Feline Stroke – Treatment Is Needed As Soon As Possible.
The realization that your cat is suffering from, or has suffered a stroke can be extremely distressing.
Strokes in cats do occur but are less common than with humans and the effects are often different.
If the condition is diagnosed and treated in time the outcome need not be completely debilitating for the animal, and the effect may be limited to just one area.
Some cats are able to make close to a full recovery in a relatively short period of time.
It seems that there are two basic causes of feline stoke.
Hemorrhagic strokes happen when a vessel inside the brain ruptures and blood leaks into the brain itself, or blood escapes into the area between the brain and the skull.
Possible causes of hemorrhagic strokes:
Ischemic strokes happen when the flow of blood to the brain has been reduced (thrombosis,) or becomes completely blocked (embolism.)
Possible causes of Ischemic strokes:
In a percentage of cases of feline stroke the exact cause is never discovered.
It may be difficult to diagnose that a cat has definitely had a stroke. Many of the symptoms can be caused by other conditions, so tests need to be carried out using specialized equipment.
It can be seen that the sooner a cat is taken to a veterinarian, if suspected of suffering a stroke, the sooner these tests can be made.
If need be the veterinarian will make arrangements for the cat to taken somewhere that has the necessary equipment.
Blood and urine tests will likely be carried out and may bring to light some possible causes.
The vet may also deem it necessary to extract a spinal fluid sample to examine for indications of brain inflammation.
An X-ray computed tomography scan (CT) and/or Magnetic resonance imaging (MRI) may be used to gather information that helps to diagnose which kind of stroke the feline has suffered.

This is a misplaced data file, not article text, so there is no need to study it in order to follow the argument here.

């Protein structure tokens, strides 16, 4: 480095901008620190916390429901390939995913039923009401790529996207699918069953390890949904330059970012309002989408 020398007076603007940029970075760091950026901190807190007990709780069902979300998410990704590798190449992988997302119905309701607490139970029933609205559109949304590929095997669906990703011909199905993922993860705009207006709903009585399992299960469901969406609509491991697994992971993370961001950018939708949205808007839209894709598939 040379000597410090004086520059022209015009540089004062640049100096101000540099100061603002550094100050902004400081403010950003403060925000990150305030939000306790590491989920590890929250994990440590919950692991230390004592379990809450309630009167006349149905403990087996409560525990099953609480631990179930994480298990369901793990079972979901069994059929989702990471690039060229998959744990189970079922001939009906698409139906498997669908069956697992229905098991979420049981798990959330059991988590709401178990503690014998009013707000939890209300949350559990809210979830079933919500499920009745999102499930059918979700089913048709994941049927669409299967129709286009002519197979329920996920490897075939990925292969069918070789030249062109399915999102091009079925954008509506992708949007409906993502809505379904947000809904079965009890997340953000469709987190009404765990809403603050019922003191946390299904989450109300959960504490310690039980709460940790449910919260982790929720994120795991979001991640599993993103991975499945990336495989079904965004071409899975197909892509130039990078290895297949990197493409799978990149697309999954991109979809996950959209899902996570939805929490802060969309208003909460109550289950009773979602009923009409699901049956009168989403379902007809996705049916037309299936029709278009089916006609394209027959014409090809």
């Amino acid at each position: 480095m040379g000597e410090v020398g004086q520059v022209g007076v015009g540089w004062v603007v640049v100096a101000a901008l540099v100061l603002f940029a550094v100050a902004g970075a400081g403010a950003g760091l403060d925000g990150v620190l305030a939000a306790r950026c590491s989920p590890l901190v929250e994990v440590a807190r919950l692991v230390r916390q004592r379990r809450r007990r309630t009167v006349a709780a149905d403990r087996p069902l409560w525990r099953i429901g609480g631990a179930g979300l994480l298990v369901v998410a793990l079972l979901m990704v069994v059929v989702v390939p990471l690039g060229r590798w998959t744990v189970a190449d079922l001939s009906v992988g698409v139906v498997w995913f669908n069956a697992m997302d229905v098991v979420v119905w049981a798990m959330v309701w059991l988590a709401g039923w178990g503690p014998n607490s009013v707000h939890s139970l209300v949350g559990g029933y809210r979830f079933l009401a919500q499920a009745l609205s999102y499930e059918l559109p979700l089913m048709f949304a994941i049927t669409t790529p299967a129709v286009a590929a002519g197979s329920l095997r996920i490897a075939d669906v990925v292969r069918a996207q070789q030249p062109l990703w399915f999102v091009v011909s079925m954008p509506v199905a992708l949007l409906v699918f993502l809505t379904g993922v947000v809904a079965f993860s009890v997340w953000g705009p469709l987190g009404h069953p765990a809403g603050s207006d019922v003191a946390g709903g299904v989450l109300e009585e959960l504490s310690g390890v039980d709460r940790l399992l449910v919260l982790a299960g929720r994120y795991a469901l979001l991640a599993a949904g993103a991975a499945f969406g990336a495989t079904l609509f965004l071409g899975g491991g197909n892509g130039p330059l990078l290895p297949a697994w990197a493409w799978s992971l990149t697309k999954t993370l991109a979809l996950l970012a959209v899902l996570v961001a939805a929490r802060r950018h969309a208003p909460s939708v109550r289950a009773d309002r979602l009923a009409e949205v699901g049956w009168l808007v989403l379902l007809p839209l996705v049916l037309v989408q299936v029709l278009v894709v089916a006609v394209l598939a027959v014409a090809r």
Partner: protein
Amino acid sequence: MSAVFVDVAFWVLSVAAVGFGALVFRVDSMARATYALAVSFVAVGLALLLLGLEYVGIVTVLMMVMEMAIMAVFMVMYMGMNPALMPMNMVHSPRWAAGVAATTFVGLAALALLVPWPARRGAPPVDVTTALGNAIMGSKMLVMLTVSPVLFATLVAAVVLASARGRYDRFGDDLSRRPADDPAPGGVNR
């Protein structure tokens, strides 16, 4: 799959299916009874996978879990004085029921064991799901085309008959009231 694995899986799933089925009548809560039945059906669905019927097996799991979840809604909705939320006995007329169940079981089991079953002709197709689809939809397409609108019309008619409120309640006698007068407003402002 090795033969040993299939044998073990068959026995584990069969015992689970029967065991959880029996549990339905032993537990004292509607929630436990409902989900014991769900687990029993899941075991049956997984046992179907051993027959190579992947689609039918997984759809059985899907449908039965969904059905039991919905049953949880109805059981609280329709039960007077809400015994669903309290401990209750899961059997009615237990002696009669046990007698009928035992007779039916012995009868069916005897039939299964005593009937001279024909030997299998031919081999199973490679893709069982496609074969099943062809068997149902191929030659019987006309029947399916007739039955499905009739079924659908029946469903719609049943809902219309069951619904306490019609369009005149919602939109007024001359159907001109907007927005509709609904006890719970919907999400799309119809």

None of these symptoms are themselves a definite indication of feline stroke. Seizures and convulsions are of course very serious, no matter what the cause. Any cat suffering one should be seen by a veterinarian straight away.
Cat's vomit for a wide number of reasons, some serious and some not. If your cat is throwing up as well as displaying other stroke symptoms it may be cause for concern.
Many cats, especially those kept indoors, habitually have a mad session where they may tear around the house, running from room to room, perhaps knocking things over as they do so.
This activity may last anything from a few moments to half an hour. It is just a way for a cat to let off steam and get a bit of exercise.
If it is your cat's habit to do this, it is no indication of the cat having a stroke.
If it is unusual for your cat to behave in this way, especially if its movements seem uncoordinated when charging around, then action may need to be taken.
A feline stroke is the result of a blockage to, or a reduction of the blood supply to the cat's brain.
It is the blood supply that feeds the brain oxygen and certain nutrients. With a restricted supply, normal brain activity is impaired and sections of the brain can become damaged.
With the above in mind it is better not to ignore any cat stroke symptoms. If you think there is a chance that your cat could be a stroke victim then get your pet to the vet as soon as you can.
Safe is so very much better than sorry, early diagnosis can make all the difference to your cat's chances of recovery.
If the underlying cause of the stroke can be determined that will have to be treated alongside any additional treatment for the stroke.
Any damage to any part of the brain cannot be rectified, but depending where in the brain the damage is, if it is not too severe the cat may be able to lead a fairly normal life.
If the cat is eating and drinking normally and any remaining seizures are controlled, it may be possible for care to be given at home with outpatient visits.
In some cases drug treatment may be given. Anti-inflammatory drugs may be used to control swelling and sedatives used to control confusion and disorientation.
All cases are individual, as are all courses of feline stroke treatment, but most cats have a good chance of recovery after about a month. A recurrence is possible but uncommon.
This page was not written by a veterinarian and is informational only.
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